I was recently talking to my mother and she said she was enjoying the blog – what was it called? Apple-maniac? Damnit, mom! And she’s not alone – I’ve had a few people bring it up in conversation, so I want to pose a couple questions to our excellent readership and settle the most important debate of our time.
A recent article by Lexi Taciak discussed how we finally have the perfect podcast for architectural photographers, and the latest guest on the BAAM podcast was none other than APA’s founder Mike Kelley himself – and the insights he provides are invaluable.
Personally I enjoy listening to a podcast while I edit or write articles.
It seems near-constantly that we are asked for ‘all rights’ to the photographs, or to own them in ‘perpetuity’ for some reason or another, but a recent e-mail exchange I was a part of presented a perfect opportunity to share one way I ensure my clients have the license they need while at the same time not giving in to overreach and a loss of image rights.
Barry MacKenzie is a tour de force player in the Architectural Photography / Interiors game. Chances are, you’ve seen him on the PROEDU tutorials, at his workshops with Tony Roslund, or heard him lately in his role as co-founder and host of our favorite new podcast, BAAM.
All of Barry’s work is incredible, and there could be a POTW on each project of his, but I’m pretty taken by a short and sweet shoot he did for Hedgeford and Berkley.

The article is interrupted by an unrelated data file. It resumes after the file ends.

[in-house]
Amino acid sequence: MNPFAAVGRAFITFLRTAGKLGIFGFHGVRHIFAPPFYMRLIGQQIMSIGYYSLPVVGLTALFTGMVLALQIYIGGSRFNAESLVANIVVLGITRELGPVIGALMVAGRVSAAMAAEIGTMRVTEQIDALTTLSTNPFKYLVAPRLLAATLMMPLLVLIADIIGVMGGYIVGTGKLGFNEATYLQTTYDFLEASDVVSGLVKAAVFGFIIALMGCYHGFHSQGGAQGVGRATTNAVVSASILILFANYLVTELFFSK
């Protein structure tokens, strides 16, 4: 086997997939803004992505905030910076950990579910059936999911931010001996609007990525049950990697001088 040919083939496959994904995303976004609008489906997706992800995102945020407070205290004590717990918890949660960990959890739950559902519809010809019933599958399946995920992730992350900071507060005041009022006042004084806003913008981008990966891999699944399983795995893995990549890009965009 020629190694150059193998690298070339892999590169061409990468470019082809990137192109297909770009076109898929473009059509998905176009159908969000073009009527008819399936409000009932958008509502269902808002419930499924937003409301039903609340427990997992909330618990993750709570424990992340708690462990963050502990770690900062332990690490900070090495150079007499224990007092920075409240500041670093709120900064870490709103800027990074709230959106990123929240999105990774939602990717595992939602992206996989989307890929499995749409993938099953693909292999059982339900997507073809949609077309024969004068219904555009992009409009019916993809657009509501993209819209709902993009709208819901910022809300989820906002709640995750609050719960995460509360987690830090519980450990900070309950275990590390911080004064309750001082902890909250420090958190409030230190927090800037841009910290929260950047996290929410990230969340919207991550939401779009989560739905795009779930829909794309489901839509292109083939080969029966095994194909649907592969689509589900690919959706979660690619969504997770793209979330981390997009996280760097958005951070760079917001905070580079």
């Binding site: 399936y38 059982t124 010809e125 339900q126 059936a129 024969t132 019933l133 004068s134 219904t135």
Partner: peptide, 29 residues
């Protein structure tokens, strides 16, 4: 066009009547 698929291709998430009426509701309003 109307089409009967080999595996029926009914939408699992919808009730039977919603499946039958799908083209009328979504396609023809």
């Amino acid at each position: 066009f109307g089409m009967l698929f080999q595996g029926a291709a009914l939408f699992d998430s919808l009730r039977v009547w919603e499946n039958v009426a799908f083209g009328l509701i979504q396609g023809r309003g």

As architecture photographers, it is our job to have a solid understanding of architecture. I recently taught a workshop to a group of aspiring photographers and when I asked “who is familiar with the work of Richard Meier? Zaha Hadid?” a shockingly low number of hands went up – which tells me we have a problem here!
I recently had the opportunity to chat with one of my favourite fellow Melbourne based photographers, Dave Kulesza, about his journey into photographing interiors and architecture which transpired through a home renovation project. Dave’s fascinating career has evolved on his own terms, culminating in a solo show featuring his project DPRK: The Colors of North Korea.
BPN Architects’ Ghost House has been causing a ruckus across the architecture industry, winning awards and being picked up by publications; and rightfully so because it’s so stinkin’ cool! As-Cast concrete, huge windows, modern lighting, and bold symmetry make this house worthy of Project of the Week.